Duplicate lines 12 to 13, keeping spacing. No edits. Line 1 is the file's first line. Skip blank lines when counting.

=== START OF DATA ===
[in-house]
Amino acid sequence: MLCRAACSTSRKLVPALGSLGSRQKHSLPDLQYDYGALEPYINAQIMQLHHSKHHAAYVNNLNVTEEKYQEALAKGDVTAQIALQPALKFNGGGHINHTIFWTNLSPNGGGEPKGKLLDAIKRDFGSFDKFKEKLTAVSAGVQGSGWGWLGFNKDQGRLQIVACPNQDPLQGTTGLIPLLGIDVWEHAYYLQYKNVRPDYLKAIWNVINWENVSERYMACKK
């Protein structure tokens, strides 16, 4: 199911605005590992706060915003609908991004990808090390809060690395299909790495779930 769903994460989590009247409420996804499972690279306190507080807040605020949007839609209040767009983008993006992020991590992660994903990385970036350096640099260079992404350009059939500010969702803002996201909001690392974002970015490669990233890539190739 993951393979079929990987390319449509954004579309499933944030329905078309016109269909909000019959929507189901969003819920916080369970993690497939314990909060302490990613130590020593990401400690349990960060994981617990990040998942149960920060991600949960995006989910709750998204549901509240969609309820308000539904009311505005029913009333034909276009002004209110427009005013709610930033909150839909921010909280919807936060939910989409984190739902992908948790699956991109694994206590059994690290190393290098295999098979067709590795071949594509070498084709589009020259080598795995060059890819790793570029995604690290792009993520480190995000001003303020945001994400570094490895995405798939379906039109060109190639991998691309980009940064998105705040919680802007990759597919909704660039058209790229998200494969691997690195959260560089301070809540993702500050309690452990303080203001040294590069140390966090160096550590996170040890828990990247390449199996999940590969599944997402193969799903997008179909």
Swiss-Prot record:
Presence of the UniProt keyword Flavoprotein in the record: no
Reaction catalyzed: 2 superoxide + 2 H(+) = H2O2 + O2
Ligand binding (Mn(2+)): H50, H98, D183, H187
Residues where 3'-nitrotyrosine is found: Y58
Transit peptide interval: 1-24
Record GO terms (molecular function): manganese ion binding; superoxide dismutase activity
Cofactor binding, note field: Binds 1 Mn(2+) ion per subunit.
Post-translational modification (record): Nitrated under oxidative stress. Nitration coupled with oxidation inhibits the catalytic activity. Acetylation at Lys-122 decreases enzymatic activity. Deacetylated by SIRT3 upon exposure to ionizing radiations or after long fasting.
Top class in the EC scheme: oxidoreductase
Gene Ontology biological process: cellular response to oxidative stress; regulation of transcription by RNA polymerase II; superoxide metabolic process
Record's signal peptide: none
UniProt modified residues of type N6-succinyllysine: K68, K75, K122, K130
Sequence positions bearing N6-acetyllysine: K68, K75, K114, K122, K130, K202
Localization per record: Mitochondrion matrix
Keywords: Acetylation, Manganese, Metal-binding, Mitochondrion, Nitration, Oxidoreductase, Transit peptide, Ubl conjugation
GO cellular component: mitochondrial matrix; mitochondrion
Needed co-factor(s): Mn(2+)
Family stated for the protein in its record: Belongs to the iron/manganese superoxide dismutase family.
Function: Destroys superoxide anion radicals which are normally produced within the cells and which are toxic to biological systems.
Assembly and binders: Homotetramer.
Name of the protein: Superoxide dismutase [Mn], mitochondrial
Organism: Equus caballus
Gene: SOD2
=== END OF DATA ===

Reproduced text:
Post-translational modification (record): Nitrated under oxidative stress. Nitration coupled with oxidation inhibits the catalytic activity. Acetylation at Lys-122 decreases enzymatic activity. Deacetylated by SIRT3 upon exposure to ionizing radiations or after long fasting.
Top class in the EC scheme: oxidoreductase